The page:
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I think I got a little out of order here. In January 2011, I started building the front end. I had the crossmember and trailing arms stripped and powder coated and have all new ball-joints, rod ends, etc to mount. I also built a set of 280zx coilovers with adjustable inserters ready to go in. Dave Carroll shortened the struts for me. Thanks Dave!





Some day, when I actually have it sitting on the ground again, this suspension stuff might come in handy!

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And so, back to the engine. Last weekend I got the www.vg30.com oil pick-up and oil pan mounted. Then I put on a Fidanza aluminum flywheel and brand new clutch cover and friction disk from Nissan.


The engine is so new, the sharpie marks on the crank are still visible!


New parts are cool!!!!


oil pick-up mounted


pan test fitted and then gasket and sealant applied


pan installed




Headway has been made!

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flywheel and clutch parts


clutch cover


friction disk


Flywheel installed. It had to come back off because it turns out it had been machined by the PO for a different clutch set-up so the dowels and mounting holes did't line up. I didn't realized it had been modified but I grabed a brand new one off my shelf and it was obvious there was a second set of mounting holes added.

I had used an impact wrench to tighten the bolts but it was not powerful enough to remove them. I had to put a breaker bar on the crank snout and he-man the things back off. Boy was that fun!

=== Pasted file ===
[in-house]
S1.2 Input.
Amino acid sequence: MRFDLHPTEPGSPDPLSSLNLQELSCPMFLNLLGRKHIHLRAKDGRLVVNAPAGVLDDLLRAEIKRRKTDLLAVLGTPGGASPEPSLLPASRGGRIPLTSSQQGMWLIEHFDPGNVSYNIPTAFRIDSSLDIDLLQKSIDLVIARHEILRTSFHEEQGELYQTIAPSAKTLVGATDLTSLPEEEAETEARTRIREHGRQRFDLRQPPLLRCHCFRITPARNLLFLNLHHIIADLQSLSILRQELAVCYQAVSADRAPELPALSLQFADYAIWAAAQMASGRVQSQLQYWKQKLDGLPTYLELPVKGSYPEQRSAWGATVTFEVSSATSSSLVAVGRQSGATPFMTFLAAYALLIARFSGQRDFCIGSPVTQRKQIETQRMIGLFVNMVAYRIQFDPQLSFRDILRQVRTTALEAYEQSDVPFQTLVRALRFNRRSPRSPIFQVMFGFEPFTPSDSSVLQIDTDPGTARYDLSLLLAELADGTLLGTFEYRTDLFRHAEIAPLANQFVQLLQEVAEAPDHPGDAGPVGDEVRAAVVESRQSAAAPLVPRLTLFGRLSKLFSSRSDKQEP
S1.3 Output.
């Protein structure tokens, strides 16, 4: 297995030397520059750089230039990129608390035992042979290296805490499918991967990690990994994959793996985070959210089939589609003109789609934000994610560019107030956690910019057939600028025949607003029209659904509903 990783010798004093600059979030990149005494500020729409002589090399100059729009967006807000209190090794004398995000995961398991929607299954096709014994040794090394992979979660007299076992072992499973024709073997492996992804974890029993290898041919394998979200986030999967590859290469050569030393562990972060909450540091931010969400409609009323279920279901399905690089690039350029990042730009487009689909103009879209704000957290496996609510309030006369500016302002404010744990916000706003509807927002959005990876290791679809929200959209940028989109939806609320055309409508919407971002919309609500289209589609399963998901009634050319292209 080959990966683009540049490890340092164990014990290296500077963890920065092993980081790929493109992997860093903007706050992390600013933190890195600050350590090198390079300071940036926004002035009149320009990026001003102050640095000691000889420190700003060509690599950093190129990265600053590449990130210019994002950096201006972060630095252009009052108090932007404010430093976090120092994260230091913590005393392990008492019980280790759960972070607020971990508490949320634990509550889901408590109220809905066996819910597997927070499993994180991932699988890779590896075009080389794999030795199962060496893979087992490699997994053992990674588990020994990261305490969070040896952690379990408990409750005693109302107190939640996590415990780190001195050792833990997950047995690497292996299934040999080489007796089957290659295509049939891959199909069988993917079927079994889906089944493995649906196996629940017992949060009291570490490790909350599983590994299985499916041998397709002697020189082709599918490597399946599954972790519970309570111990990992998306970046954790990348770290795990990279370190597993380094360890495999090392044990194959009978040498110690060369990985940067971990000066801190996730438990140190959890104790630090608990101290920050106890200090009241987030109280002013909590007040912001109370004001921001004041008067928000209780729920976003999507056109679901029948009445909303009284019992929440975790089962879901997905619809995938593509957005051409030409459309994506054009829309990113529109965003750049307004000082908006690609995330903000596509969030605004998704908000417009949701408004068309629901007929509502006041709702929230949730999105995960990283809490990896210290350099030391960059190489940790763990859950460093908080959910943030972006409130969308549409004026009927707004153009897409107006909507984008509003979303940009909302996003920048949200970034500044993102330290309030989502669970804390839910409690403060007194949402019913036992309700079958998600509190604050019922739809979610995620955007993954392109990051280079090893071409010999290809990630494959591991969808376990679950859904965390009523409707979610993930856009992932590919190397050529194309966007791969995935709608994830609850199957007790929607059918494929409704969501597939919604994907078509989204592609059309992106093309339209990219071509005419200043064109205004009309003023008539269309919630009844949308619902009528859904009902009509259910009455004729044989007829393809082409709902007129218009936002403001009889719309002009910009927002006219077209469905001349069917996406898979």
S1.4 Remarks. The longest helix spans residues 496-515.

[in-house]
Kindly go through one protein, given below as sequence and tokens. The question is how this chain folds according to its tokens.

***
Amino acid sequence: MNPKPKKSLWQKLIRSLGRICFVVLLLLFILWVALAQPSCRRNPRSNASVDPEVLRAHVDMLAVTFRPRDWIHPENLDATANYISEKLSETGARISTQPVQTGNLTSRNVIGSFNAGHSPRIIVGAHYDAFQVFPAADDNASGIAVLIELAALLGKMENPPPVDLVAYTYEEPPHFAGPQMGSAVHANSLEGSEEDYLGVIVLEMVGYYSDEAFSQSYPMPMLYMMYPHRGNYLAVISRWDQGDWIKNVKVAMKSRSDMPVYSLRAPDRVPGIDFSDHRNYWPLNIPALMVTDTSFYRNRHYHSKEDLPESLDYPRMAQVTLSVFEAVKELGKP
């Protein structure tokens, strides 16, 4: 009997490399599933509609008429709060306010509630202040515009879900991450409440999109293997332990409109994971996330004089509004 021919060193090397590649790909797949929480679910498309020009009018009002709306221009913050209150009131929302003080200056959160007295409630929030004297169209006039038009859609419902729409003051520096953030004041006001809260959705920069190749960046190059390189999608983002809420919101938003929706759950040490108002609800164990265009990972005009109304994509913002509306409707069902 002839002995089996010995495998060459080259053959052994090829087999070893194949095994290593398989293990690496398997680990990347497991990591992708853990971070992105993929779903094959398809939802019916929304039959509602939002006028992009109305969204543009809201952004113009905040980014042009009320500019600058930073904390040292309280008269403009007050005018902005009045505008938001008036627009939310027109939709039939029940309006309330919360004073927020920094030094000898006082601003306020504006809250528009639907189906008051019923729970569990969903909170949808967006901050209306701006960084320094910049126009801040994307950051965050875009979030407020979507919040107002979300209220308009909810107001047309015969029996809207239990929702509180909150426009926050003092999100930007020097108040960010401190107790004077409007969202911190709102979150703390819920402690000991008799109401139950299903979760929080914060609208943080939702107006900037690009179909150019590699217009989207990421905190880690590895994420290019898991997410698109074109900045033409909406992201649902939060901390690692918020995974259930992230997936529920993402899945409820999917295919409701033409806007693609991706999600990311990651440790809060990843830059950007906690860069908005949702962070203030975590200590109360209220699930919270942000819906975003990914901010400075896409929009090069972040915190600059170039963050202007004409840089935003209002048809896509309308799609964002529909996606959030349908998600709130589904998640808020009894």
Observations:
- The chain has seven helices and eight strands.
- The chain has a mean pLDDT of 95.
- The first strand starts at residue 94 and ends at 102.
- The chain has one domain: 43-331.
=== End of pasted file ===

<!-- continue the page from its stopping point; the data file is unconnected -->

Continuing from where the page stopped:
Friction disk and alignment tool. I hadn't noticed the flyweel problem yet when this photo was taken.


New flywheel on and everything buttoned up.

I was going to mount the tranny next but I realized I had forgotten to order a new throw-out bearing.

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Today was a big day. It took a lot longer than I thought but I did get the motor in the car!

I started by puting the new throw-out bearing in the tranny and then I mounted the tranny to the motor. The two were not cooporating at first so I pulled them back apart suspecting that the input shaft wasn't getting in to the pilot bushing. Sure enough, even though I had assembled it with the alignment tool in place, it must have been saggin a bit from the weight of the friction disk as it was tough to re-install. I loosened up the clutch cover bolts, re-aligned the friction disk, and tried again with much better results.



Next up, I added the front crossmember and set the whole assembly down on a pair of furniture dollies



Then I raised up the rear of the car and came back to the front to lift up the nose so I could slide the motor and tranny under the car.


weird towing brackets welded on from some PO came in very handy for this operation!


Next I lowered the front end down, bolted the crossmember to the frame, supported the back of the tranny with a rope (I have not enlarged the shifter hole yet) and set the frame back down on jacks. I'll let the photos do the talking from here.















I'm very excited!